12 Mar

Studio Infinity has long been interested in builds consisting of polyhedra as modular units. Even better if the structure ends up being another recognizable polyhedron, like when we used regular dodecahedra to construct the skeleton of a rhombic triacontahedron in the DodecaRT build. Analogously with the DodecaRT build, it turns out that the geometry of the truncated octahedron (TO)

is just right so that, by gluing units face-to-face, we can obtain the skeleton of a rhombic dodecahedron (RD).

The motivating observation was that TOs can be used to form rhombus-like loops. If you take the centroids of the corner units of such a loop, you’ll find that the rhombus determined by those four points has a long-diagonal to short-diagonal ratio of $\sqrt{2}$ to $1$, which is precisely the rhombus that makes up the faces of the rhombic dodecahedron.

If you elongate the edges of this rhombus by adding the same number of TOs between vertices, you end up with a similar $\sqrt{2}$-rhombus, which means there is an easy way to scale the build by adding more TOs:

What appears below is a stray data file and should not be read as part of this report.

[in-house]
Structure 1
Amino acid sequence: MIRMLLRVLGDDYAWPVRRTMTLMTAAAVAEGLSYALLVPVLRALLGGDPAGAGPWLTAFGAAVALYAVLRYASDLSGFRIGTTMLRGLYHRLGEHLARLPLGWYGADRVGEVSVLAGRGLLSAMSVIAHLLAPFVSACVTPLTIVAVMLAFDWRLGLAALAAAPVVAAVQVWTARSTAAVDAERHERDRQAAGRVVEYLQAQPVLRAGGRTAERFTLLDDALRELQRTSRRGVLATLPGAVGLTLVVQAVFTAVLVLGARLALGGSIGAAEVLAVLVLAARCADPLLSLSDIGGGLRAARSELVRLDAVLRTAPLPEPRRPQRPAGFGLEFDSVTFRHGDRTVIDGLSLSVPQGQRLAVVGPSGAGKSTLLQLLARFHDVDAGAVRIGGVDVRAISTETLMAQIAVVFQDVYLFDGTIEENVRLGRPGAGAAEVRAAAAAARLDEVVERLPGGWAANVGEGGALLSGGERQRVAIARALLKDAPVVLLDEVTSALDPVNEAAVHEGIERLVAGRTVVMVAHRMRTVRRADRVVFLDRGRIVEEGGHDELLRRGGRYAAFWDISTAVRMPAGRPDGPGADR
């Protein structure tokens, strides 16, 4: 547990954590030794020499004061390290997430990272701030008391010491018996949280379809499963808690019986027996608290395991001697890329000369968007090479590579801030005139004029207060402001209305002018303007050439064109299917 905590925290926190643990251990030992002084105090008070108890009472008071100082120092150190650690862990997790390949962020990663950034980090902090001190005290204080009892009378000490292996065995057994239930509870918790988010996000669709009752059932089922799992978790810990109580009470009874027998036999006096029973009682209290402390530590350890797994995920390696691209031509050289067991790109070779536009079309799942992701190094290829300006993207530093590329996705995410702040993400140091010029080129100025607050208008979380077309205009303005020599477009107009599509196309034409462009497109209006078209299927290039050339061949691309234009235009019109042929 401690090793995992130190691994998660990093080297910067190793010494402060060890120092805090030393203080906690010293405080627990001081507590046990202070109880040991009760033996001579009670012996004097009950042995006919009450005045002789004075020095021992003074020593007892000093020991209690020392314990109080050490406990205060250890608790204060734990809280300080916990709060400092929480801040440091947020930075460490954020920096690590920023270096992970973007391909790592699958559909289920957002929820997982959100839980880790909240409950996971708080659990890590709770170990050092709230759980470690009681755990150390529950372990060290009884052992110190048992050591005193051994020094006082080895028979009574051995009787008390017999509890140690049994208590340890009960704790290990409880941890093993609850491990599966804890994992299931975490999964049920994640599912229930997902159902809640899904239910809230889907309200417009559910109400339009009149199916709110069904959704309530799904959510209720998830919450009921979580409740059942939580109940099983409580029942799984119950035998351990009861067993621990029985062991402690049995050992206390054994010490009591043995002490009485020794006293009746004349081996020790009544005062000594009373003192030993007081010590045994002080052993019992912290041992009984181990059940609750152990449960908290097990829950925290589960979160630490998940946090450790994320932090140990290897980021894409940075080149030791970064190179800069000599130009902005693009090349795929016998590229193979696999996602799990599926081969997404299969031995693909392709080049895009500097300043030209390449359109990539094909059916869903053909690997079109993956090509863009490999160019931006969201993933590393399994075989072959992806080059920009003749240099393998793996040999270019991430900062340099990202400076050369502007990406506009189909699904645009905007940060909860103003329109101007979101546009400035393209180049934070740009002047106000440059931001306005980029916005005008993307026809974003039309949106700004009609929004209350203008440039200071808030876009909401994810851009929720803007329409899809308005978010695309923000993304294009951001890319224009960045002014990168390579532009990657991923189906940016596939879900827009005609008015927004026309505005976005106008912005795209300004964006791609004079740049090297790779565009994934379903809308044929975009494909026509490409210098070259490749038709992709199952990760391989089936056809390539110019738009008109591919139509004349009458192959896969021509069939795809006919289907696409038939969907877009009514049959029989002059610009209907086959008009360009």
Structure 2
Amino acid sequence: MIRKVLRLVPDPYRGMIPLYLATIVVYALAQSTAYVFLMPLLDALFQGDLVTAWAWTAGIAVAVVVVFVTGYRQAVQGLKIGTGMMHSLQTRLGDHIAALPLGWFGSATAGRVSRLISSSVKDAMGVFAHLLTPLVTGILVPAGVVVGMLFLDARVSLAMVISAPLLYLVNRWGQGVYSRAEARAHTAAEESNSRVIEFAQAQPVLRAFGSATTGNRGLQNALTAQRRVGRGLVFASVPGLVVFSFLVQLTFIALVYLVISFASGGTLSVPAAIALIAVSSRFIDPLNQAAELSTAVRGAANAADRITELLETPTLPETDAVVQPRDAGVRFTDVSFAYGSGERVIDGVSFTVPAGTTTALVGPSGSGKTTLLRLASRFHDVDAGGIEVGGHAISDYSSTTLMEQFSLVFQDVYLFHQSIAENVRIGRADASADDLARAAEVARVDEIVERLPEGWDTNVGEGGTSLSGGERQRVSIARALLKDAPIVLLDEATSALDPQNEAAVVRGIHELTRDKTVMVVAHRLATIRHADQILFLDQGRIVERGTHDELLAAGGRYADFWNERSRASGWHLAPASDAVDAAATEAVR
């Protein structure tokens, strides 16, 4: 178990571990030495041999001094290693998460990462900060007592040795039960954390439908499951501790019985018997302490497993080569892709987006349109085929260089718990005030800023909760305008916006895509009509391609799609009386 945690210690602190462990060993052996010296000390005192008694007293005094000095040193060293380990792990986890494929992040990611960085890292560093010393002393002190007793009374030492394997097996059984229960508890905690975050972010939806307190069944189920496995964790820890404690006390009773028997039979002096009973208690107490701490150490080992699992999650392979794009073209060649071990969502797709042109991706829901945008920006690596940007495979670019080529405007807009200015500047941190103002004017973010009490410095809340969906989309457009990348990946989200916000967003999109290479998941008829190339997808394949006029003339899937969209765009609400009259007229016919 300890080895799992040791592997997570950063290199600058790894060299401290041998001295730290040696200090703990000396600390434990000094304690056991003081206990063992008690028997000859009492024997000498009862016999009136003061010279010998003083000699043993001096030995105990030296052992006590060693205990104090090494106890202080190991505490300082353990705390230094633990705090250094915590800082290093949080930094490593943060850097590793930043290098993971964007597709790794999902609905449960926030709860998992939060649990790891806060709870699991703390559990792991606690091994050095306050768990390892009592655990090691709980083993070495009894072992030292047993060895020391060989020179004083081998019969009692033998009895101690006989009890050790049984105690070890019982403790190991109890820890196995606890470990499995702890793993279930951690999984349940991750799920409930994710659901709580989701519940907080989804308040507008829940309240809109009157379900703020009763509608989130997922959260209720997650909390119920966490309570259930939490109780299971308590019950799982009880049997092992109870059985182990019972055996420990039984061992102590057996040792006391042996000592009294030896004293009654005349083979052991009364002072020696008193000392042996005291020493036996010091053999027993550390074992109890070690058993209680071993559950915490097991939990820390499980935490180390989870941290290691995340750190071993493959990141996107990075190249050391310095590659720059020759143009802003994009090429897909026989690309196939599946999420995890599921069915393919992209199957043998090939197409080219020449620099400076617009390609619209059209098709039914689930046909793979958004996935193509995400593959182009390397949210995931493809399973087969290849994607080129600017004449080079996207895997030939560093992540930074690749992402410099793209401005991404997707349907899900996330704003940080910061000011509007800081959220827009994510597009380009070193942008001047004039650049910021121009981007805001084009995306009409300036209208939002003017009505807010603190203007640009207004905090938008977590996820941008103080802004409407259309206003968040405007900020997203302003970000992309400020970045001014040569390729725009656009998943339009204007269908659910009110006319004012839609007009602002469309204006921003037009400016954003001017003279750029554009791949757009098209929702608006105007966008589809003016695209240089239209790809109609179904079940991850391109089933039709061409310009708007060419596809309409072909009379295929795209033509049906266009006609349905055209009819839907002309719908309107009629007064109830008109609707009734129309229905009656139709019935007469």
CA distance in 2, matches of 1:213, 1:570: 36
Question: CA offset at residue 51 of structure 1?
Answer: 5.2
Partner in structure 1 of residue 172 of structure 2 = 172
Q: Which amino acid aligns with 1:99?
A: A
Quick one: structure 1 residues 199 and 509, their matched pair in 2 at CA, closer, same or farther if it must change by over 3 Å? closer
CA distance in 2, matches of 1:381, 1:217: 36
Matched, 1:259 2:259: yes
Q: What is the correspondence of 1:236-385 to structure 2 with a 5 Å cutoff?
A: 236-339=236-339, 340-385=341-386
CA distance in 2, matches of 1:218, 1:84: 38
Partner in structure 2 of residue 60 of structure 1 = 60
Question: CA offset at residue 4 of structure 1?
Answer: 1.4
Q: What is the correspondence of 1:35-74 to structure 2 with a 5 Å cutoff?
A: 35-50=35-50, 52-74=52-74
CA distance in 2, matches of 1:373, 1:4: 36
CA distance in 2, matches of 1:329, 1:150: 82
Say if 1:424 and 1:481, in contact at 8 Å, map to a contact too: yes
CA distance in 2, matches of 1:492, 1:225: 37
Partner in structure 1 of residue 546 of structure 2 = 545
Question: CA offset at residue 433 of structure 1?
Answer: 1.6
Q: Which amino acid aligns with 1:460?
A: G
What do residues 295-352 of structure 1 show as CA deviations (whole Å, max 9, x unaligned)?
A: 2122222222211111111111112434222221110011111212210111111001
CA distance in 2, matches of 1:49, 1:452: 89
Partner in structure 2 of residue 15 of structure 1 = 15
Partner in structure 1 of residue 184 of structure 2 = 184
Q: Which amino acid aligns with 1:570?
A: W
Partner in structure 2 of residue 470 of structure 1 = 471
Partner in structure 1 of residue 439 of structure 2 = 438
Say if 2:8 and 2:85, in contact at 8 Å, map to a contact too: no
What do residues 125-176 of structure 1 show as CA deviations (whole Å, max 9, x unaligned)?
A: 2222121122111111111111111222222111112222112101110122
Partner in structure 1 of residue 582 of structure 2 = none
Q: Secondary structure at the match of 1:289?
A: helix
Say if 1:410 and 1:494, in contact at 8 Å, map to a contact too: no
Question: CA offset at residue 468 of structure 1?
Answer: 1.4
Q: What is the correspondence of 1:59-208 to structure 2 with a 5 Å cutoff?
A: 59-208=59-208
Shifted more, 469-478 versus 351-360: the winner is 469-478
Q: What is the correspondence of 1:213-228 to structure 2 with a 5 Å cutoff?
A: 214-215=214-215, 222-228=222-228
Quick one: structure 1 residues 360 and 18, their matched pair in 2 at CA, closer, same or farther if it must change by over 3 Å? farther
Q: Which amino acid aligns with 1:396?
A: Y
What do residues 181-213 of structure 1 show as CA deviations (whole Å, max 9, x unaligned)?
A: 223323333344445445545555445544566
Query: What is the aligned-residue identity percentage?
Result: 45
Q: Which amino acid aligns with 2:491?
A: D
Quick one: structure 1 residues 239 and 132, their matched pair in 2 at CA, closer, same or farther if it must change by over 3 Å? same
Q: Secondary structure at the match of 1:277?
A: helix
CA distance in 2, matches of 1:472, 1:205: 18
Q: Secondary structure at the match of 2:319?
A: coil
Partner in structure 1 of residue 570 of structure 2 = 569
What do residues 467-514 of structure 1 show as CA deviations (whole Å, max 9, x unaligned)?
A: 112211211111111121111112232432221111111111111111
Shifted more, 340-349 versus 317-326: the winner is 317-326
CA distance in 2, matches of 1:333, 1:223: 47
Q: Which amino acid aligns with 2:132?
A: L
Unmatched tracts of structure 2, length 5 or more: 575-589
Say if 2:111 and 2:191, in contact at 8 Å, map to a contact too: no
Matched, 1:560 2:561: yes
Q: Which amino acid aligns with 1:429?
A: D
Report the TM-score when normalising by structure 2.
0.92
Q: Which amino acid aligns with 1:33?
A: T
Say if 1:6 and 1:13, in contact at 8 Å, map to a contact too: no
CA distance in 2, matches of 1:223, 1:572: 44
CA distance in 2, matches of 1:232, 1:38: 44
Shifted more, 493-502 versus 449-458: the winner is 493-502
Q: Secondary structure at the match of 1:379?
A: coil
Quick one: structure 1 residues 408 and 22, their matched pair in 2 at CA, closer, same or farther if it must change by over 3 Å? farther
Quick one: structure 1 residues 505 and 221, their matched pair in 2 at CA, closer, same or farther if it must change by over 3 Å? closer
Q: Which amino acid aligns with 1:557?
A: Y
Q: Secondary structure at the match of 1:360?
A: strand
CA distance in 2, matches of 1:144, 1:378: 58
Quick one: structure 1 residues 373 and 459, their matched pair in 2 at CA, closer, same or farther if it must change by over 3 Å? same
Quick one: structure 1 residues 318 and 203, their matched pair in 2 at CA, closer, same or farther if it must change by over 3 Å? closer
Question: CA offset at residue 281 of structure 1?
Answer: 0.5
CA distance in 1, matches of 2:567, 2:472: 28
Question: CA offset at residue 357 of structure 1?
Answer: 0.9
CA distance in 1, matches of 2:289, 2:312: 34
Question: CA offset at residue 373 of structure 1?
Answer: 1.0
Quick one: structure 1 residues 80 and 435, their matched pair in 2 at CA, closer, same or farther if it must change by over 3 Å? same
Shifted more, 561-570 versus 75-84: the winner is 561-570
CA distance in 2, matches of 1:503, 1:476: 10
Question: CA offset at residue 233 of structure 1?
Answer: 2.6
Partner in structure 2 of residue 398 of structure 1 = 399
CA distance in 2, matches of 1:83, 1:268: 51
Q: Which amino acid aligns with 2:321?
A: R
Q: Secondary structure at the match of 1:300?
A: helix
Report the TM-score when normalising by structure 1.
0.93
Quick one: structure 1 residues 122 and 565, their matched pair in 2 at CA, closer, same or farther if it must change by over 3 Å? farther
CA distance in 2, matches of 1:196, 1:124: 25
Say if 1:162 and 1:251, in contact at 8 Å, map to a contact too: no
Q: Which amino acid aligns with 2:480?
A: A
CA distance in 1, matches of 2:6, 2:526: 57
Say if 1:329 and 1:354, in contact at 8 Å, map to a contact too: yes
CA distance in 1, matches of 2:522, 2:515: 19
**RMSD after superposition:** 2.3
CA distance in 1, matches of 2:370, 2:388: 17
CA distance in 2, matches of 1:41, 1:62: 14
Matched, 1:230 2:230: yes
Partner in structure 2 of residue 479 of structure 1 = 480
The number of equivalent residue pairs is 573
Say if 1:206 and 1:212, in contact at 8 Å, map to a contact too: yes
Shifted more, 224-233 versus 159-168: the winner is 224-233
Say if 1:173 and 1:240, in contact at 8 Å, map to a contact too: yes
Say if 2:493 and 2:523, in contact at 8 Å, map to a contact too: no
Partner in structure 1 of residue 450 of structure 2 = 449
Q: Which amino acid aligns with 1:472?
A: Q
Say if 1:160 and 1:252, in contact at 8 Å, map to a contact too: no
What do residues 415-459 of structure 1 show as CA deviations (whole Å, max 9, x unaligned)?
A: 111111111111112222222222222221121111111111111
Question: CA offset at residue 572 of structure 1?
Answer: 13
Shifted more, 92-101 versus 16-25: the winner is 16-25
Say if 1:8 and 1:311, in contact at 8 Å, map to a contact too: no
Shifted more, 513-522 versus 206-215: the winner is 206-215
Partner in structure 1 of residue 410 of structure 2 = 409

A RD has two types of vertices: degree-3 vertices, where three rhombi meet at their obtuse angles, and degree-4 vertices, where four rhombi meet at their acute angles. Crucially, the geometry of the TO also accommodates these incidences.

At some point in the near future, we would like to try building this RD of TOs. Since we’d want to do it in a way that makes the features of the RD “pop,” there are two good candidates. We could use one TO per edge

or two TOs per edge

as illustrated in our fiscal sponsor SUMM‘s palette. Pending material selection and an engineering review, we’ll probably “go big” with the latter, and that way also have the option to build the smaller version down the road. Stay tuned!